Tuesday, December 1, 2009
Christmas Time in Germany
Pictures: The first is of an epic battle between America and Finland in Brandenburg. Or as I like to call it- the Brunettes vs. the Blonds. The second is of the American exchange students attempting to reenact a patriotic photo. The third picture is my advents calendar (made by my Host Mom). The 4th is my host sister, Caro, trying to master the art of cotton candy making at a school Weihnachtsmarkt.
By the way, I'm posting this on December 16th, so don't look at the date. It lies.
Let me start off by saying that Christmas season starts in like September here. But starting the 1st of December it's in full blast. Which is strange for me, because absolutely no one in my school celebrates Christmas because they are either Muslim or Buddhist (interesting fact: the other day our history teacher took a poll of how many languages were spoken fluently in our class. We came out with 9 languages in our class of 22 people: German, Turkish, French, Afrikaans, Sorbish, Thai, English, Polish, and Russian). Guess that leaves more Christmas for me!
This word meant nothing to me in America but everyone celebrates it here. I assumed advent just meant the chocolates I eat out of a calendar : D But its actually when you celebrate the 4 Sundays leading up to Christmas. You light a candle for each Sunday and have a nice lunch such as duck. Other than that, I'm not aware of the significance.
25 DAYS OF CHRISTMAS:
So I woke up on the first of December. I turned on my light, stumbled to the bathroom, washed my face, walked back. And what the hell? There a GIGANTIC mobile hanging over my bed that I absolutely failed to notice in my first-minutes-awake-grogginess. It has 25 gifts hanging from it just for me. This further proves not to demand any mental activity from Claire in the morning.
WEIHNACHTSMARKT: These are a gigantic part of xmas in Germany, and they assume that everyone has them. They are set up in town centers, with hundreds of huts selling hand made items. I've gone to three different ones, although I believe theres about 20 just in Berlin. Some are so large that they hold legit rides such as ferris wheels, roller coasters, and much more. I went with other exchange students to the Alexanderplatz one and went on a GIGANTIC chairswing in the middle of Berlin, we could see the whole city from the top and tried ignoring the -1 degree weather.
St. Nikolais- I spelled this wrong. Whatever. But this is on the 6th of December. You clean your shoes the night of the 5th, and put them outside. Then in the morning you wake up, and they are filled with small gifts and candy delivered from not-your-parents. I, unfortunately, missed this holiday due to the fact I was in Brandenburg for the weekend with AFSers, but magically my shoes were still filled with candy...freaky.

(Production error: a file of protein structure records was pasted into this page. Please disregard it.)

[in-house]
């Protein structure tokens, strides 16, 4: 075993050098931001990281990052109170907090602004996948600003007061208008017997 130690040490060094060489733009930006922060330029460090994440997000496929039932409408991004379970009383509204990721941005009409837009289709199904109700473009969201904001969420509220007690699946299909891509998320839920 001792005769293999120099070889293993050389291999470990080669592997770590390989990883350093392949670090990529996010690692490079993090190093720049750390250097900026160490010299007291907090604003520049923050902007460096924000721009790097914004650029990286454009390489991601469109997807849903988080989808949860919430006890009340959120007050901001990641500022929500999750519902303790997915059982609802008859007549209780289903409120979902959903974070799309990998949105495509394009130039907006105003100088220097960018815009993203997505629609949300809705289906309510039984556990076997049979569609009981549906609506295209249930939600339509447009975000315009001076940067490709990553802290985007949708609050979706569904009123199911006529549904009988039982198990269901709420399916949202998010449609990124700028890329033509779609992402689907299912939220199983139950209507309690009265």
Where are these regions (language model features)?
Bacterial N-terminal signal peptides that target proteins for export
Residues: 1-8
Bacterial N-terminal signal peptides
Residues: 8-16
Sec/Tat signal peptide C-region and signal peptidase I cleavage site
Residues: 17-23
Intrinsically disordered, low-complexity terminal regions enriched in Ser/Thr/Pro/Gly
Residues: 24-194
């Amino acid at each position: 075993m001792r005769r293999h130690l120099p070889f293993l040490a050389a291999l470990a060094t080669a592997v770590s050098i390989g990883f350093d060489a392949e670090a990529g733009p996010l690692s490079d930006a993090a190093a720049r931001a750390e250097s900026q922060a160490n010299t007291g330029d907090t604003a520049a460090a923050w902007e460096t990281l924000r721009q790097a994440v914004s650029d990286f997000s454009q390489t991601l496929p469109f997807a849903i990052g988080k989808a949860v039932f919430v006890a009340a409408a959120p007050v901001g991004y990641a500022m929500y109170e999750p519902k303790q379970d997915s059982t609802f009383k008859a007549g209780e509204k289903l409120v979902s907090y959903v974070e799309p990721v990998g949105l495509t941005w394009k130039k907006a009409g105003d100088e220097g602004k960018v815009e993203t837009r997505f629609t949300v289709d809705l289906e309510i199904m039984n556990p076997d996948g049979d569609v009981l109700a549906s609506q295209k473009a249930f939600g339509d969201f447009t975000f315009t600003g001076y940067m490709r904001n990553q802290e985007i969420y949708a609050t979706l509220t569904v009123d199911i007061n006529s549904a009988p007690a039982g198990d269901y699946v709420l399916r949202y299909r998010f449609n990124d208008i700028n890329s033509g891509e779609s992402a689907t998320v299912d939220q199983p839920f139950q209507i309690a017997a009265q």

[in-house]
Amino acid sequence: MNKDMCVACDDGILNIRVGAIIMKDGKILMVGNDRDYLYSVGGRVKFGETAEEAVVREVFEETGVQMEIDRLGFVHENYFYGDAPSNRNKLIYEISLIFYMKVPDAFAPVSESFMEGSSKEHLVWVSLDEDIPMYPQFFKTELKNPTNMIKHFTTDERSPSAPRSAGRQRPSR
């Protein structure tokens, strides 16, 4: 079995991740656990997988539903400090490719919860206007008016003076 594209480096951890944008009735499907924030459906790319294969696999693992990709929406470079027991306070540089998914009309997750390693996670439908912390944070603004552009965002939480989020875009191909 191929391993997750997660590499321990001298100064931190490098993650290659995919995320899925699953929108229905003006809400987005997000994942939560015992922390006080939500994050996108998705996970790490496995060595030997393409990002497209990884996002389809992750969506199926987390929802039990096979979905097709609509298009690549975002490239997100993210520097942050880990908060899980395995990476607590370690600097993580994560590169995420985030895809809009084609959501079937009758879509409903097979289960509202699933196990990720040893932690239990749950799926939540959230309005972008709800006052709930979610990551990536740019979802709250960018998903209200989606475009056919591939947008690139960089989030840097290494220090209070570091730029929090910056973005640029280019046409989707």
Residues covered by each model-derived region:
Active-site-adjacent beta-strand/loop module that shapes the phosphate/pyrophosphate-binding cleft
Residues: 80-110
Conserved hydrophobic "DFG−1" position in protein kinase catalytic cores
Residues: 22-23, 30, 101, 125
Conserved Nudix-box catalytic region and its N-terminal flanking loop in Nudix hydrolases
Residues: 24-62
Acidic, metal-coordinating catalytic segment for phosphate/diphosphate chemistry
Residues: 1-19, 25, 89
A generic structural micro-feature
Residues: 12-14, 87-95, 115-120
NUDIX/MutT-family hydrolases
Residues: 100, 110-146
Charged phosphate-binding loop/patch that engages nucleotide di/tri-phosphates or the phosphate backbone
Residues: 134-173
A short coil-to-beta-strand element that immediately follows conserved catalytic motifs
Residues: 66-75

Claire: Alright, goal: not have the guy taking my order talk to me in English.
Jasmine: Alright, go!
Claire: " Ein Grande Choco latte bitte"
Starbucks Man: With cream?
Claire: Fucking shit.
Claire: I actually need grades in your gym class Frau Butke.
Frau B: Oh, well I didn't give you a grade last time cause it was really horrible.
Grandma: These truffles are very special.
Host Sister: Whats inside them? Marzipan?
Grandma: No, it's Irish cream!
Host Sister: What's that?
* everyone turns to me *
Claire: I'm not Irish, by the way.
English Teacher: In the dictionary, it shows whether its Australian, British, or American English.
English Teacher: So Claire, could you please pronounce the british pronunciation of this word for us?
* thinks of objecting for a second and then pulls her best accent based only off of what she's heard in Harry Potter*
English Class: Wow!
Host Sister: What's relish?
Claire: It's like pickles and salad.
Random Woman: No, it's like ketchup.
Math Teacher: Give me real life examples of parabolas
Kid 1: a tongue.
Kid 2: a bridge.
Quiet boy in class: A tampon!!
So, yeah. I'm spending Christmas break in Stuttgart with my blood aunt, uncle, and cousins. School lets out the 18th and I go back on the 3rd of January. Christmas is actually celebrated on the 24th in Germany, which means my Christmas day (spent on a 6 hour train to Stuttgart) will be sort of...lame, for lack of a better word. They also all put up their trees on the 23rd...crazy amount of work for nothing?! Yes, I think so. And shortly, things I'll miss from xmas at home:
1. My father and I gorging ourselves with the "special Christmas cheese"<---this makes it sound like it has pot in it or something, but its just good.
2. My place on our couch where I sit every xmas.
3. Spanish christmas music mixed with a little Elvis.
4. Using my gifts immediately after finishing opening them.
5. My father napping on the couch after the excitement of Christmas morning.
6. Some exchange of bras as awkward gifts either to me from my older brothers (in size EEE by the way) or from me to my older brothers (in the brightest colors and smallest sizes available)
Happy Holidays everyone!
P.S. Thanks Colin for the Christmas card, it made my day : D